The Importance of the Humanities

humanitiesI recently read an article on “Worst College Majors for Your Career” by Caitlin Dewey. The author used data from Georgetown University’s Center on Education and the Workforce and to develop a list of the top ten worst college majors based on those majors whose graduates face a combination of low compensation and high unemployment. Here are the top ten worst majors they listed:

  1. Anthropology
  2. Fine Arts
  3. Film and Photography
  4. Philosophy and Religious Studies
  5. Graphic Design
  6. Studio Arts
  7. Liberal Arts
  8. Drama and Theater Arts
  9. Sociology
  10. English

My gut reaction to this was shock. If our society values these disciplines so little, what kind of future awaits us? It looks pretty bleak to me—a society without humanity, truth or beauty.

But it’s not just employment futures discouraging students from studying the humanities. Elementary and secondary schools across the country have slashed their budgets by cutting arts and music programs. Some estimates indicate that more than 95% of school children attend a school where funding for arts and/or music have been reduced, and some schools in low-income areas have completely eliminated arts and music programs.

As state budgets become tighter and tighter, arts and music programs tend to be the first to suffer. They are perceived as being less important than reading, writing, arithmetic and science, but I believe that is short-sighted thinking.

The humanities, art and music included, are academic disciplines that study the human condition. We enjoy a society today that is more tolerant of other cultures and a variety of value systems than it was a century ago. We owe that greater tolerance to those academicians in sociology and the liberal arts who strove diligently in the 20th Century to increase awareness.

Also, unlike the natural sciences and their empirical methodologies, the humanities utilize methods that are analytical and critical. When we decrease student exposures to the humanities, we lessen the opportunities they have to develop their critical thinking skills. Humanities students are some of the best performers in verbal and quantitative reasoning tests. Moreover, employers consistently report that they are specifically seeking the kind of critical and creative thinking skills that a degree in philosophy or English could develop. Do we really believe these skills are less important?

As we plod forward and continue to trim the arts out of elementary and secondary school curricula, are we trading away a future rich with enlightened adults capable of thinking critically and creatively solving problems?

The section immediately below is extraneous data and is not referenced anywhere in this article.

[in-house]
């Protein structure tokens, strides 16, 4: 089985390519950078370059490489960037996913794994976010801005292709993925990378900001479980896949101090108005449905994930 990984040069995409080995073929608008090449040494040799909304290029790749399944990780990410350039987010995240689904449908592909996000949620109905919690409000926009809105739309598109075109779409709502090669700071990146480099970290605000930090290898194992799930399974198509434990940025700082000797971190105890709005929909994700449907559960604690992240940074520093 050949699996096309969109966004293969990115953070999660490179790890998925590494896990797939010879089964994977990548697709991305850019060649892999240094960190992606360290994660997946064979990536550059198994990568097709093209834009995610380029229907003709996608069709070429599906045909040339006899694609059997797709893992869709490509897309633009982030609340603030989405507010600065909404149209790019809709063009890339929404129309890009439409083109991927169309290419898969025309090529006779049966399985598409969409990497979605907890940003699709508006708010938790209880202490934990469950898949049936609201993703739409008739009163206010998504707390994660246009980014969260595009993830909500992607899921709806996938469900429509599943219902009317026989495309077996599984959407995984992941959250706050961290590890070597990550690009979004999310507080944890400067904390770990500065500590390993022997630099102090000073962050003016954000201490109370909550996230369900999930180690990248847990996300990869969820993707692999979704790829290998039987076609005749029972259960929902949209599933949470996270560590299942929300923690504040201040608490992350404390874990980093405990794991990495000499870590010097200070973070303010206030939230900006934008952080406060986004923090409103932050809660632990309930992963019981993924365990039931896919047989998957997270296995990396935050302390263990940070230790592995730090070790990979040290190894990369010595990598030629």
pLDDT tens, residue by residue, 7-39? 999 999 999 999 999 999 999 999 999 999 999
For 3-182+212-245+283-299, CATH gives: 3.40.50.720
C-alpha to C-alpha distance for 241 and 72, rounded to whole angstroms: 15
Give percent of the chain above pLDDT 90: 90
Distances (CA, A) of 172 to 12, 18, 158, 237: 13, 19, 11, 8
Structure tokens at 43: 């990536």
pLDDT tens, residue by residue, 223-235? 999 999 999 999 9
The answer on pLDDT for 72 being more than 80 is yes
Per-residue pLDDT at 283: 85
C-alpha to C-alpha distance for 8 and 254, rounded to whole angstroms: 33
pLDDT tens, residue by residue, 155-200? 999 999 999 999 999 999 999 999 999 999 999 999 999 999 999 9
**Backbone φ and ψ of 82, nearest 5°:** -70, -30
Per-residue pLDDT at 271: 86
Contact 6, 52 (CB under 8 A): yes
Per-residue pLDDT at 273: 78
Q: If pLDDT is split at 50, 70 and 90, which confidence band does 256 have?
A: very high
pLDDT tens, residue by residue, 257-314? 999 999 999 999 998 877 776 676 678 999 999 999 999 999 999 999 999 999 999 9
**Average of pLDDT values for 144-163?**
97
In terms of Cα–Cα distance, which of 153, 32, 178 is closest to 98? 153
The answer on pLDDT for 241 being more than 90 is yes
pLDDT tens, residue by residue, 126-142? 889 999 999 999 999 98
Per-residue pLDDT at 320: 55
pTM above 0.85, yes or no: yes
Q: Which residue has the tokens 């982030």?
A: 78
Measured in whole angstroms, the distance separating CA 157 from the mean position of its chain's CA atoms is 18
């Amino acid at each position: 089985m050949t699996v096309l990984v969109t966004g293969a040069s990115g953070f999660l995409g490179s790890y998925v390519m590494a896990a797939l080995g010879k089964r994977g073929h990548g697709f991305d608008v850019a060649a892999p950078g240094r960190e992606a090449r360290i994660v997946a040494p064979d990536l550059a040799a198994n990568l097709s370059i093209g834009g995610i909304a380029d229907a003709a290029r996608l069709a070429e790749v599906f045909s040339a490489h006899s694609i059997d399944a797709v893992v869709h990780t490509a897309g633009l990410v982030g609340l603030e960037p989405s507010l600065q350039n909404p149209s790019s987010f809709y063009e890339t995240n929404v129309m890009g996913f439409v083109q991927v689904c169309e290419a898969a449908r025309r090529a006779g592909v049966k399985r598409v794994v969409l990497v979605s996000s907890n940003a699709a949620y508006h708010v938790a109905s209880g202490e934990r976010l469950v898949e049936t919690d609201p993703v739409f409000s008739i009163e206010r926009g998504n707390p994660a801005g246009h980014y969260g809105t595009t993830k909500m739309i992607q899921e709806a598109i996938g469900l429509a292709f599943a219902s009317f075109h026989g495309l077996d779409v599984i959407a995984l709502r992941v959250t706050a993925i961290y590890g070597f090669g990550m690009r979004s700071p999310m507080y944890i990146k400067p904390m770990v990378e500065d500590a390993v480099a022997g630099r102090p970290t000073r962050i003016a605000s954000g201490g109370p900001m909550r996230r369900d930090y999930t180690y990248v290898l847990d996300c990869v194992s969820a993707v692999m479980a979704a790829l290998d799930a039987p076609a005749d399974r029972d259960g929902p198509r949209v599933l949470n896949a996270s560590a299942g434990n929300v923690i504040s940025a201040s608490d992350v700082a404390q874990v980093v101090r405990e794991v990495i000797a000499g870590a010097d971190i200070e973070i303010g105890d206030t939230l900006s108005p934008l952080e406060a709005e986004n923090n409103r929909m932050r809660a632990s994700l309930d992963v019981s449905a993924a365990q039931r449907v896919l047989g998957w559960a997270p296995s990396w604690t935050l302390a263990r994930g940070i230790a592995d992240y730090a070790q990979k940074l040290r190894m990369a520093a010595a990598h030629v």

love humanities

Top 10 Reasons That Old Tortoises Separate

I read a story on the internet today about a pair of tortoises, Bibi and Poldi.  According to the story, Bibi and Poldi grew up together and eventually became a tortoise couple They’ve been together for 115 years, until recently that is.  Apparently something has happened to drive a wedge between the romantic reptiles.  As I read the article I found myself dwelling on what might have happened to split up the happy couple.  This is what I’ve come up with:

10.  Poldi finally decided to tell Bibi he didn’t like her vegan meatloaf.

9.  Bibi announced that after 115 years of doing all the cooking it was Poldi’s turn to cook . Poldi said forget it!

8.  Having heard each other’s stories well over 100 times, solitude was better.

7.  After a century of her being a little bit country and him being a little bit rock and roll, they just didn’t want to make music together anymore.

6.  Poldi mistakenly admitted that shell made Bibi look fat.

5.  Both Bibi and Poldi blamed each other for their poor performance during the Comcast auditions, which led to the Slowskys becoming the spokestortoises.

4.  Bibi finally got tired of Poldi flirting with every female zookeeper assigned to the reptile house.

3.  After working up the nerve for the last 100 years, Poldi finally asked Bibi if she would be interested in a three-way.

2.  Bibi announced that she wanted to explore her feelings for the other female tortoise at the zoo.

And the number one reason that tortoises separate?

1.  Poldi caught Bibi secretly reading “Fifty Shades of Grey.”

The Final Frontier

SpaceX Launch May 22, 2012

© SpaceX

Last week Space Exploration Technologies (SpaceX), an American company that designs, manufactures and launches American rockets and spacecraft, launched its Falcon 9 rocket into space.  Then again three days later SpaceX’s unmanned Dragon spacecraft became the first commercial spacecraft to successfully attach to the International Space Station.

Wow!  I can’t remember feeling like this since I was in grade school sitting on a linoleum floor watching any of the Apollo launches on a 19-inch black and white TV on a rolling AV cart.  It’s good to know that Americans are back in space, even if it isn’t NASA.

Burt Rutan said it well in a talk he gave back in 2006 when he said “It’s not good enough for us to have generations of kids that….look forward to a better version of a cell phone with a video in it.  They need to look forward to exploration.”

It’s good to see that entrepreneurs are stepping up and filling the gaps when it comes to space travel.  I don’t know if these ground-breaking commercial steps into space will lead to any type of space tourism that I could afford during my lifetime, but hope has returned, along with that childhood twinkle in my eye and my imagination.